The figures for human deaths come from the anesthesiaweb.org website.

Facebook Comments

Comments

Cat Anesthetics Decision Making — 15 Comments

  1. You are correct, Michael, pulse oximetry is a way to measure the percentage of blood cells that can carry oxygen that actually are doing so. We use it in physical therapy and try to keep patients at 90% Or above. If anemia is present the pulse ox numbers will be misleading, because even 100% O2 Sats won’t be good enough if there are too few blood red blood cells.
    Maybe cats die more often because they are so small and it’s easy to overdose them. The risk is there always for humans, however slight. I need to have a bunch of complex dental work done and I’d love to have then put me under for it, but it’s silly to take that risk if it’s not really necessary. Besides, my husband says the real pain will be later and last a week, so unless I want to be out for days, it really won’t help. I believe this is how the singer, Michael Jackson died. The drugs his MD was giving him as sleep aids were the same as those used in operating rooms. He essentially was being anaesthetised every night. The odds caught up with him. How sad that he took that risk and that a medical professional would have helped him to do it. I think on the whole, in society, we overmedicate ourselves in general. Maybe that’s why some people have no problem putting their cat under for a haircut. They just don’t perceive the risk as being real.

    • Yes completely agree with you on those topics. I think people are more and more dependent on pills. People see answers in pills where they don’t actually exist. In the old days my dentist didn’t even use anesthetic – at all (1960s). And yes, I think you have made a good point as to why cats are more prone to dying under anesthetic. They are smaller and the dosage has to be more precise. For that reason perhaps vets are not precise enough. And if they are less precise than doctors perhaps it is because animals are seen as less important than humans.

      • My cousin had a root canal when he was 10 years old and the dentist forgot to give him the Novocain. Kevin sat through the whole thing wishing it would be over. At the very end the dentist noticed the syringe still sitting there and realized his mistake. My uncle’s dentist also did not use anesthetic for fillings. So I guess I need to not be such a baby about it!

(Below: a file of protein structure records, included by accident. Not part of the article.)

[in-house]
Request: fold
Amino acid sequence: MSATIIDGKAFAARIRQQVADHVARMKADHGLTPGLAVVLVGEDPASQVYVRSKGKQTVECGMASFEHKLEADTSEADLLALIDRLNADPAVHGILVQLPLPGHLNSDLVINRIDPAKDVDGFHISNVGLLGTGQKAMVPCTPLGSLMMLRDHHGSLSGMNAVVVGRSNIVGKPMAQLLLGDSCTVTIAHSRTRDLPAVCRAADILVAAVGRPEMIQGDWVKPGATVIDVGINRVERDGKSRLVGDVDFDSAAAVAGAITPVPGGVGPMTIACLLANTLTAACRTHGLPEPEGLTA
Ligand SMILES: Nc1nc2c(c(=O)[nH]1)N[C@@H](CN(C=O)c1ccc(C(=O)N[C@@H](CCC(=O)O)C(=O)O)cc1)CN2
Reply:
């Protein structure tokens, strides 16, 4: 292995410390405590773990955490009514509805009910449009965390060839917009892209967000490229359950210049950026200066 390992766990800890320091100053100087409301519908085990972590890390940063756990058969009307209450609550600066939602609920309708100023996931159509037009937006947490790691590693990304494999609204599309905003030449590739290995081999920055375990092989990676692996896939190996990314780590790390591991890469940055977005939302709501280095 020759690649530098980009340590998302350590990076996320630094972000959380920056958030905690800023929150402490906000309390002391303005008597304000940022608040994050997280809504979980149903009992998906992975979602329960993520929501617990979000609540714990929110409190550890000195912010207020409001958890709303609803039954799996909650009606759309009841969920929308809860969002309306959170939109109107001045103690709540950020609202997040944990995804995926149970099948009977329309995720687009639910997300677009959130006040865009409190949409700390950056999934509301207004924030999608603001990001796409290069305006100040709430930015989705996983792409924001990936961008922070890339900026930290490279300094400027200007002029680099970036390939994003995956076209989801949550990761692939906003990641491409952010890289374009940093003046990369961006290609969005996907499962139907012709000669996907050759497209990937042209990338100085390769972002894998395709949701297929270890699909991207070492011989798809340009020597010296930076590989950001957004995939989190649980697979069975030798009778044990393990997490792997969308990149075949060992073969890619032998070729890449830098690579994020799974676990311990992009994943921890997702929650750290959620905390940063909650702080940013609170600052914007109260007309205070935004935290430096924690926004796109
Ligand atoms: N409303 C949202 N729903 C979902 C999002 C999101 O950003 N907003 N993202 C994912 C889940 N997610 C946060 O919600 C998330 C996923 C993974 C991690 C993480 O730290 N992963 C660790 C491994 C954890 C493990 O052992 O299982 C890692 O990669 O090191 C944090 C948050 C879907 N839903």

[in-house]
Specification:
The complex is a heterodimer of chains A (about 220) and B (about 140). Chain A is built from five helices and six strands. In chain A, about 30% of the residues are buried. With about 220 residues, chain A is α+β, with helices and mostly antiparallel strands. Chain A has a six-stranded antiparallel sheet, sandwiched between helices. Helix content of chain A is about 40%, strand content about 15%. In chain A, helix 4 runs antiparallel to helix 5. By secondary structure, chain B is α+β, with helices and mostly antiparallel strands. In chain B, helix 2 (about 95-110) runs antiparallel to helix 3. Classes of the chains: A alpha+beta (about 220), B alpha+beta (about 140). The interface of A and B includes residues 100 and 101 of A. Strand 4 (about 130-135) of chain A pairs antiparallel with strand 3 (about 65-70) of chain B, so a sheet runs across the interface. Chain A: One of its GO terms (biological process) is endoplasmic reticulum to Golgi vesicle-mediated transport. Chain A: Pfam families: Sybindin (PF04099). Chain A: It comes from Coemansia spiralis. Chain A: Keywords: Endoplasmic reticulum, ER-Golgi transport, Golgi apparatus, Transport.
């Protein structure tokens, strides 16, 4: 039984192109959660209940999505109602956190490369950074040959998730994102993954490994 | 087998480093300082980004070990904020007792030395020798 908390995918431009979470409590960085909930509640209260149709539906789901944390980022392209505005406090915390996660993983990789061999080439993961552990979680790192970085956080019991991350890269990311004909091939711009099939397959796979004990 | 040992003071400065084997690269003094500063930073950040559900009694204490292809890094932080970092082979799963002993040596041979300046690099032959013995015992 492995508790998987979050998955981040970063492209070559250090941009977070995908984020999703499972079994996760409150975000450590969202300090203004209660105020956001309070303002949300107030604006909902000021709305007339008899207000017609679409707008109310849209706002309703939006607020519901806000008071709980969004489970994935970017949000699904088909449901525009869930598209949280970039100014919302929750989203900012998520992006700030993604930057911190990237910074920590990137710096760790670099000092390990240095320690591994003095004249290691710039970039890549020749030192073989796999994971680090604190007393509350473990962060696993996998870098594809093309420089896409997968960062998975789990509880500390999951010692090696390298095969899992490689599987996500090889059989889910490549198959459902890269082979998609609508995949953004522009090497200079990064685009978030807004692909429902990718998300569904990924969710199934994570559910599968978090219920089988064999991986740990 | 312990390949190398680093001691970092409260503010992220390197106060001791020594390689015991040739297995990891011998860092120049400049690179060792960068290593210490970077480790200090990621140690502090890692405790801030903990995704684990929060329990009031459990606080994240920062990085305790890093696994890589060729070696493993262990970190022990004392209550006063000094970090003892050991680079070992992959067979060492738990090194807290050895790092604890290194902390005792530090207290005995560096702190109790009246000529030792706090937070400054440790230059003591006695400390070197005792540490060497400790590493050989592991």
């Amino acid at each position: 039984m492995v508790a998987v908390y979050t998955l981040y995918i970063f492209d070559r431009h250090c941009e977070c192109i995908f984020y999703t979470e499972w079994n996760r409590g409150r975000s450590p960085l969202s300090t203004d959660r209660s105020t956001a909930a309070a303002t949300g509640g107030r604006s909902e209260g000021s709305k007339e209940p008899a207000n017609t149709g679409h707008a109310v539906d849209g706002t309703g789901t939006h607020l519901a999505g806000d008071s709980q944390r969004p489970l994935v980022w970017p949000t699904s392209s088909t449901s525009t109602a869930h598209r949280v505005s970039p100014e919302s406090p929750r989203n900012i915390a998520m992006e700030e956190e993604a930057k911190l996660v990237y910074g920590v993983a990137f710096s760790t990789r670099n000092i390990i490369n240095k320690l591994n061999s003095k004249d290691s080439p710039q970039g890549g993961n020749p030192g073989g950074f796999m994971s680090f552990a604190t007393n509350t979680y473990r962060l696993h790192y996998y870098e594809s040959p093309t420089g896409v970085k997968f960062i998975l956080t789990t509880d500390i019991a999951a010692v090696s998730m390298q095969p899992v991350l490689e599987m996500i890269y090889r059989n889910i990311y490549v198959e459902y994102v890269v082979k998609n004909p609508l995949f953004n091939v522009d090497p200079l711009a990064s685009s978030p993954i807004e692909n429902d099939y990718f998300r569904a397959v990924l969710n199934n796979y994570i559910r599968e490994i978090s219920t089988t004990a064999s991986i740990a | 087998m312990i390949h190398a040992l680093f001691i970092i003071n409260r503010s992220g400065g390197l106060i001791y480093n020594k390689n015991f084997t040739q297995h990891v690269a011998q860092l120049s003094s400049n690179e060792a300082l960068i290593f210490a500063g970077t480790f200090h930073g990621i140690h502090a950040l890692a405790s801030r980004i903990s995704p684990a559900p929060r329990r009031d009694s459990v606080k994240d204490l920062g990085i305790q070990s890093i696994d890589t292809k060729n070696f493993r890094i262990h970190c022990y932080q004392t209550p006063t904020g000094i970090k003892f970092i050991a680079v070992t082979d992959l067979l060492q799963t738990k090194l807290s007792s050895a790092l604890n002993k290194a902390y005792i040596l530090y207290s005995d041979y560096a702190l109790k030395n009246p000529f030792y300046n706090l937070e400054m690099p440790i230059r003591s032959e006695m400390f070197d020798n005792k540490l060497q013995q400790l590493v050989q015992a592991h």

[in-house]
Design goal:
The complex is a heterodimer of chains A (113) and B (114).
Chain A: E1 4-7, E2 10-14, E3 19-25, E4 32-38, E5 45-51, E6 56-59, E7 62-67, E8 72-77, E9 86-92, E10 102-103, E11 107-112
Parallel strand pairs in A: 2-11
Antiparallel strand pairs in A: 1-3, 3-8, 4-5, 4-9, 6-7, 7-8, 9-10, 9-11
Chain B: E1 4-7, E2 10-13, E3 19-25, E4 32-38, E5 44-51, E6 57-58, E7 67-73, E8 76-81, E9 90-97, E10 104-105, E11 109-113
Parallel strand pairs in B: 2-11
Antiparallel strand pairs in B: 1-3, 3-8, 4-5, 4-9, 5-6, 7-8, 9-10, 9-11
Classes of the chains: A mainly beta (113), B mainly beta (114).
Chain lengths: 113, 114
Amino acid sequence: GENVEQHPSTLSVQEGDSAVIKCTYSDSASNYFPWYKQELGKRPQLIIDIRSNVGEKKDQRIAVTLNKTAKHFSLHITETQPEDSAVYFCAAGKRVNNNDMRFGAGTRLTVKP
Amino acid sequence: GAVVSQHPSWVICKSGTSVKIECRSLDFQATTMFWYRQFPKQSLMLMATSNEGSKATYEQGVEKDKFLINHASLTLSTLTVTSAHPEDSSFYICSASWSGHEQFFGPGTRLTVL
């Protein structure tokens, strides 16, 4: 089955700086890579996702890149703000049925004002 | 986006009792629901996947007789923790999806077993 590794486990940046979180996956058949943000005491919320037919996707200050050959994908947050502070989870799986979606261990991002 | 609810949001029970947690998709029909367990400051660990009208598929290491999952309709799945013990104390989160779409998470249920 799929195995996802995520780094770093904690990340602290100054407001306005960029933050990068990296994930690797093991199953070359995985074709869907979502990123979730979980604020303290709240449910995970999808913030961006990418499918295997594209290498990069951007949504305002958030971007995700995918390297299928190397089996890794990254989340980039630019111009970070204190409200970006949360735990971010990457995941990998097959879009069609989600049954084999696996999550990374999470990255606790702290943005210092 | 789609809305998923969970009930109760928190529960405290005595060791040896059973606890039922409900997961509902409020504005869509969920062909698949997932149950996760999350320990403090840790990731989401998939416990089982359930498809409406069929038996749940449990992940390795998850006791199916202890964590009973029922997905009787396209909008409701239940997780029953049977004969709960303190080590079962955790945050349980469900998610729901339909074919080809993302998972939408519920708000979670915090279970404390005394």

2. Maybe cats die during operations because of a combination of the drugs used to put them under and the position they are placed in during surgery. I just looked at that picture of all those cats put under and ready to be spayed. Cats don’t lie in that position naturally, or if they do it isn’t for very long. Maybe it’s hard for them to breath in that position or their breath is more shallow. I would never position a patient with COPD flat on his back. Most people with breathing problems can’t tolerate that position. For humans, leaning forward when short of breath can actually increase oxygen perfusion. I read a study that showed that the prone position increased O2 Sats for every patient placed in that position, which goes against contrary wisdom, because it’s thought being prone would make it harder for the diaphragm to work effectively. But the point is that a positional change alone improved O2 perfusion. Patients weren’t instructed to try to breathe more deeply, and even on their stomachs, which seems to work against taking a deep breath, O2 saturation went up 100% of the time. So if we place a cat in an unnatural position for a cat, for a prolonged period, during which the cat can neither perceive shortness of breath or move to rectify the situation, maybe it does follow that more cats are going to die during operations. It’s just a thought.

    • Nice thought. I have this gut feeling that cats at vets are not treated quite as carefully as humans at hospitals. That might be laughable because it is so obvious. The underlying culture and opinion has an effect on our behavior but it is almost invisible. Perhaps the underlying reason why more cats die under anesthetic is because we don’t care as much.

    • Hi Rudolph. Hope you are well and your adorable cats. Maybe someday I’ll come and visit. I have been to India you know back in 1971. Hot! Wet! Loved the place.